Circumcision is a surgical operation that removes some skin or tissue from the genitals of a boy.
Circumcision is a simple procedure that removes the foreskin- a sleeve of skin covering the tip of the penis.
Parents have the legal right to authorise circumcision. In order to make an informed decision, they must carefully consider the benefits and risks.
Since the foreskin traps bacteria and other infectious agents, as well as accumulating malodorous smegma, its removal improves genital hygiene and reduces risk of diseases and other conditions over the lifetime for the boy and his future sexual life and partners.
Male sterilisation, or vasectomy, is a form of surgical contraception that involves cutting and
tying the 2 tubes (each called a vas deferens), that carry sperm from the testes (testicles) to the penis.
Semen is produced in the seminal vesicles and prostate, which are unaffected by a vasectomy. The amount of seminal fluid is not affected.
The sperm, which are still produced by the testicles but can’t travel along each of the tied vas deferens, are reabsorbed by the body.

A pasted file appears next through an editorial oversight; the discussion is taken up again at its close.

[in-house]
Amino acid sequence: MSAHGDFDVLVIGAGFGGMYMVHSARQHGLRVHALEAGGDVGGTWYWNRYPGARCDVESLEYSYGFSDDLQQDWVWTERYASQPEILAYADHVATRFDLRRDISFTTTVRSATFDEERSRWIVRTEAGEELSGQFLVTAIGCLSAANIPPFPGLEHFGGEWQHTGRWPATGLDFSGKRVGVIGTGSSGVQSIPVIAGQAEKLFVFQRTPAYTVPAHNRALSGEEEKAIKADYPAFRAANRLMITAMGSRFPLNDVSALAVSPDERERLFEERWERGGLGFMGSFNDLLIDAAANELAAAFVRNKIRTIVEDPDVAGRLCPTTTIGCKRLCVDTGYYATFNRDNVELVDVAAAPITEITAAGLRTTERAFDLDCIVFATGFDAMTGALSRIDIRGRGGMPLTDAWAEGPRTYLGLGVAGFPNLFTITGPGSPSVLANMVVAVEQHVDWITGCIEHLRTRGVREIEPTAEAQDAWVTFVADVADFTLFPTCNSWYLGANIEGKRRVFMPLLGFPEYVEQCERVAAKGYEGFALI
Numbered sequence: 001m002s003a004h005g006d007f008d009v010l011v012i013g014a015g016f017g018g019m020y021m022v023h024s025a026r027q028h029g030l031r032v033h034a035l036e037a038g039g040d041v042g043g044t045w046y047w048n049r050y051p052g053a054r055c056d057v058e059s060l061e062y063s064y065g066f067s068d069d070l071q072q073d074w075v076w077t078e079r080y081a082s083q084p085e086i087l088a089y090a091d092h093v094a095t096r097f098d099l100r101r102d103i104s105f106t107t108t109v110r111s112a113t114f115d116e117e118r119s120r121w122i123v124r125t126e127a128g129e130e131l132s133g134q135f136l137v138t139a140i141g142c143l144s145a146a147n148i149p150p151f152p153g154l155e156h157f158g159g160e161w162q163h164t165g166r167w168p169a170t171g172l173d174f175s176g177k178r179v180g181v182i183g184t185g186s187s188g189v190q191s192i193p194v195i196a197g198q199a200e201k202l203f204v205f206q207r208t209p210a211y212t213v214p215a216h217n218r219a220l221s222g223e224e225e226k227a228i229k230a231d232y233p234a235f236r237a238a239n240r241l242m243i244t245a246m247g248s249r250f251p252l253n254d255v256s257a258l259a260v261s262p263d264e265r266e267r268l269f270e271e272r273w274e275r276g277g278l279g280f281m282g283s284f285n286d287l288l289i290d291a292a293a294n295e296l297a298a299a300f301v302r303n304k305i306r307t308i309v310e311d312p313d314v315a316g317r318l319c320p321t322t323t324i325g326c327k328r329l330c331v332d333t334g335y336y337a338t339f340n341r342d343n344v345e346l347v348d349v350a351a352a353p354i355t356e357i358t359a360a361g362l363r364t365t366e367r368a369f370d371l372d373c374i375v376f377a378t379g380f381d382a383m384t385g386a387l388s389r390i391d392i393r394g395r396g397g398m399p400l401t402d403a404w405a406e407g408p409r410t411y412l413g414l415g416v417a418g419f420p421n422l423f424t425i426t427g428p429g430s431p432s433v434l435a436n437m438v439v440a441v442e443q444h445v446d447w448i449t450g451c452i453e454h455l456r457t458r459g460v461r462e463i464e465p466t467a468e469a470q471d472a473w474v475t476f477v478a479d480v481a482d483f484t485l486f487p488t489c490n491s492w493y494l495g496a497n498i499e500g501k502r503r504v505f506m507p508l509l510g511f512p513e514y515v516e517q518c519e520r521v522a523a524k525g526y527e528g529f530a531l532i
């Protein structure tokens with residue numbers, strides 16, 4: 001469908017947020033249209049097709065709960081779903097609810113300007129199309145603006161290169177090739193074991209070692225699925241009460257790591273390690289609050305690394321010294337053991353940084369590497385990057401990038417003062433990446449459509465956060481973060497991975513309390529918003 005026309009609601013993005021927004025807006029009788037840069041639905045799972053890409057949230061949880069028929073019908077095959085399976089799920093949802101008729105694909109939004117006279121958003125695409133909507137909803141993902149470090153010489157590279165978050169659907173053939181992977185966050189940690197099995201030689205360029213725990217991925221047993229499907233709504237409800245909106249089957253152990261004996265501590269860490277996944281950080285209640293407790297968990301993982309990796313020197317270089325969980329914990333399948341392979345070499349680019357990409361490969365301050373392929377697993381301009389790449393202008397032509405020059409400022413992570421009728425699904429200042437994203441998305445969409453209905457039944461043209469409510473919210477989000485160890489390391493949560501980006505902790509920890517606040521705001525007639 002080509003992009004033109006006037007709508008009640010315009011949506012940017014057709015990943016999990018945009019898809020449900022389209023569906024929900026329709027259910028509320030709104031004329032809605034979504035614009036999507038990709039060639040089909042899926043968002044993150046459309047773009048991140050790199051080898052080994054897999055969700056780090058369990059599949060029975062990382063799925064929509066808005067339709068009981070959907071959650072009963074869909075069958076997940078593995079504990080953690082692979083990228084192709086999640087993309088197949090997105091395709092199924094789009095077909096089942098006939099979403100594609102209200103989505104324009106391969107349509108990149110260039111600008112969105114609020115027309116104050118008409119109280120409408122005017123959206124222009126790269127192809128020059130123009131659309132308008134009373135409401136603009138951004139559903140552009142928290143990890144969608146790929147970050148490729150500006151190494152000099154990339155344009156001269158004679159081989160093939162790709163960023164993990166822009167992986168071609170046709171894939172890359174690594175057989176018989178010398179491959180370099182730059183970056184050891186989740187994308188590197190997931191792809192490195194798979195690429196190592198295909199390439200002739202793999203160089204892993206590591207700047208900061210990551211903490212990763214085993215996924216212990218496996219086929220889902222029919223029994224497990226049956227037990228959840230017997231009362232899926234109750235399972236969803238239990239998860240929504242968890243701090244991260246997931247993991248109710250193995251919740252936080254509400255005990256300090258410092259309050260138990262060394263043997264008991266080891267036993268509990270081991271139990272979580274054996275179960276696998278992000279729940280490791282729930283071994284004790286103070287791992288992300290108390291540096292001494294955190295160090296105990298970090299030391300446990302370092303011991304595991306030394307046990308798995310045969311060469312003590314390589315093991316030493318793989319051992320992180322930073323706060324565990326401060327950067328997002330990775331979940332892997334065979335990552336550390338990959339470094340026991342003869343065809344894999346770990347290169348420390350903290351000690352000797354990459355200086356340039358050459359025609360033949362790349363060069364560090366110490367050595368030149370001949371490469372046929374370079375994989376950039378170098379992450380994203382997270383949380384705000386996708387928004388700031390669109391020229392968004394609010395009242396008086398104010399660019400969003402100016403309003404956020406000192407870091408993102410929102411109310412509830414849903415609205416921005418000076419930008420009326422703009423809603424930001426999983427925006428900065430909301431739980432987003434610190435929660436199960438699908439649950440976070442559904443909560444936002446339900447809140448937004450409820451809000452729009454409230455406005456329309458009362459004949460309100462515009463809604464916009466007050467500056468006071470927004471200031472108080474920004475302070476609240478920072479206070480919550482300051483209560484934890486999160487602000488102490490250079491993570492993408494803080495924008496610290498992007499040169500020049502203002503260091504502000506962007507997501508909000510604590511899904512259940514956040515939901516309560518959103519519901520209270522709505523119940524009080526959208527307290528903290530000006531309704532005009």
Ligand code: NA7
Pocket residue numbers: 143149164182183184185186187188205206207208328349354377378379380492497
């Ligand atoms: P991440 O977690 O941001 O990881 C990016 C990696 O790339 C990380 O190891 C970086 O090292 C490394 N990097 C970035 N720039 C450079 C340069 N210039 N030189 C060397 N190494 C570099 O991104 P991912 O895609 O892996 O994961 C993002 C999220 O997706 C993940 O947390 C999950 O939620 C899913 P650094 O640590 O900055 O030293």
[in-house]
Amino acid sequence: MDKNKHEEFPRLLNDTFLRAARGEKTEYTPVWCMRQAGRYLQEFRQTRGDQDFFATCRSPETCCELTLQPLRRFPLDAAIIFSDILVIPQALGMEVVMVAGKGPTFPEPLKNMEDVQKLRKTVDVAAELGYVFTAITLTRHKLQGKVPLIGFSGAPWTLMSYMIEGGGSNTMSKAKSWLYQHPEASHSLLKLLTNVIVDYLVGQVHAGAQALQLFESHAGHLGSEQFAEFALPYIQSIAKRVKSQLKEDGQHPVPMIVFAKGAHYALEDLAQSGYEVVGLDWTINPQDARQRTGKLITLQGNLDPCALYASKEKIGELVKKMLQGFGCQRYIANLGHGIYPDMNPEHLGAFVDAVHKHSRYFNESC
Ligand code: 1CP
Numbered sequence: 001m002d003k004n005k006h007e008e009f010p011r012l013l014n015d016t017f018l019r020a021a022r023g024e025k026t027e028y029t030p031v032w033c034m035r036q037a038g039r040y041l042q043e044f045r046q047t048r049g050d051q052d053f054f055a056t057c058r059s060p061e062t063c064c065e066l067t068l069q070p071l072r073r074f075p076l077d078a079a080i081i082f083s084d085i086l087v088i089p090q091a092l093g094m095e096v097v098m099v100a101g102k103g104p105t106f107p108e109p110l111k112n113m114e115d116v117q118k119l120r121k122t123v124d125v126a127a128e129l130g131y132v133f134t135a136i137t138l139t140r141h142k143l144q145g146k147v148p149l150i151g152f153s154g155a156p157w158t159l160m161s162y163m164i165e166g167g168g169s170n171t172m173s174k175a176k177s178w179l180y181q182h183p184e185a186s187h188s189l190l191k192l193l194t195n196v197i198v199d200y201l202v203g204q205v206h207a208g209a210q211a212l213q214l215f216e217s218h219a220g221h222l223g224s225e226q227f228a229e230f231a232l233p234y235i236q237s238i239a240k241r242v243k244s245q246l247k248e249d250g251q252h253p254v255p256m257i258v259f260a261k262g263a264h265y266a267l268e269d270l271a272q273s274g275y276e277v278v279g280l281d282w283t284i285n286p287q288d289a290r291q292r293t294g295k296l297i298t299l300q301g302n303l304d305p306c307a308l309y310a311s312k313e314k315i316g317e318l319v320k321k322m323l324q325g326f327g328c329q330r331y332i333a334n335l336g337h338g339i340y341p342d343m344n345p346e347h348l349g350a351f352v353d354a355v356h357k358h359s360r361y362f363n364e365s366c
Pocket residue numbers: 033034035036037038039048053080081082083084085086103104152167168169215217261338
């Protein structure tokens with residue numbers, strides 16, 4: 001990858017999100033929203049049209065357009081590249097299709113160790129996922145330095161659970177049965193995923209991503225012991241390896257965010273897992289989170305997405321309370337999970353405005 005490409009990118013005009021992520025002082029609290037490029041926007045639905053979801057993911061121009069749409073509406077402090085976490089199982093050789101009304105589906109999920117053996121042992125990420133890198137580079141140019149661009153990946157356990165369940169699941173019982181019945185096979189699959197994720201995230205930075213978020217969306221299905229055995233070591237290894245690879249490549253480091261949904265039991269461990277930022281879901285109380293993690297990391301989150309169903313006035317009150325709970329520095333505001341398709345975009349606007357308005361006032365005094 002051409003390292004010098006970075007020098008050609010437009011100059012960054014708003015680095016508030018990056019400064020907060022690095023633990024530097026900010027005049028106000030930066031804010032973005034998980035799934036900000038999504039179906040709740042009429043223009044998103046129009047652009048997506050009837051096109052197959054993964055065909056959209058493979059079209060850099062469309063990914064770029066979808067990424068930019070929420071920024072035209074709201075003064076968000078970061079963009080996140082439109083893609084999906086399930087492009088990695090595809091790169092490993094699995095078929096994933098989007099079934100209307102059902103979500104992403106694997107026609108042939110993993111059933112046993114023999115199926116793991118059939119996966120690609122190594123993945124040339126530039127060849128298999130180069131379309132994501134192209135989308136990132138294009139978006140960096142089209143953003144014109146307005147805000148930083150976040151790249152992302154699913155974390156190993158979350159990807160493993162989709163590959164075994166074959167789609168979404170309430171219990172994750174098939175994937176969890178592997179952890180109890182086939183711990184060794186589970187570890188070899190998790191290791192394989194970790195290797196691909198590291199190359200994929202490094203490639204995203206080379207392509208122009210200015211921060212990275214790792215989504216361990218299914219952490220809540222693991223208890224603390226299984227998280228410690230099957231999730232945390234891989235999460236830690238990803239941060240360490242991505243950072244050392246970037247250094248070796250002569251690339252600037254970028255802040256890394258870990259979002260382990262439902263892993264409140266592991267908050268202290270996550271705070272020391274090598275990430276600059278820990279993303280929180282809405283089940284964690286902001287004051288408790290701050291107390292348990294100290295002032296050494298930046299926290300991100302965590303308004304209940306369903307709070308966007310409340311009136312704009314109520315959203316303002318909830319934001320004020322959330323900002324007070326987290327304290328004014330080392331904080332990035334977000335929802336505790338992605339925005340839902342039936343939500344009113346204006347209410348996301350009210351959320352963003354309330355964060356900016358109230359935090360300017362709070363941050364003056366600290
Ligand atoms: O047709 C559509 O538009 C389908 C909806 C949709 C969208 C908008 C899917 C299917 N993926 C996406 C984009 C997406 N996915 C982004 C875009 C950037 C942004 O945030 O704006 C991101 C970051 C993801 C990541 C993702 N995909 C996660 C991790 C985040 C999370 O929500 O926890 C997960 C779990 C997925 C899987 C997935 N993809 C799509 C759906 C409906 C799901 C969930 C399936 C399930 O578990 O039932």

Male sterilisation is greater than 99 per cent effective at preventing pregnancy. It should be regarded as a permanent form of
contraception, as it is difficult to reverse the surgical procedure.
Haemorrhoids are a very common anal disease when formed on the upper and lower sides of the dentate line.
Internal haemorrhoids are the most common, the symptoms of which include haemorrhage and prolapse.
Internal haemorrhoids are resolved in part by conservative treatments with suppositories and ointments, in addition to lifestyle improvements and the avoidance of straining on defecation; however, subsequent treatments may be necessary when symptoms become aggravated and interfere with daily living activities.
The treatment of haemorrhoids without resection is desirable because internal haemorrhoids are mostly benign.
Sclerotherapy might be considered as a treatment for grade 1 or grade 2 haemorrhoids. In this procedure, a proctoscope is gently inserted into the anus.
The aim of this procedure is to shrink the haemorrhoids by damaging blood vessels and reducing the blood supply to the haemorrhoids.
With the excision and the removal, or the repositioning (or both) of excess tissues, such as skin and adipocyte fat, and the reinforcement of the corresponding muscle and tendon tissues, the blepharoplasty procedure resolves functional and cosmetic problems of the periorbita,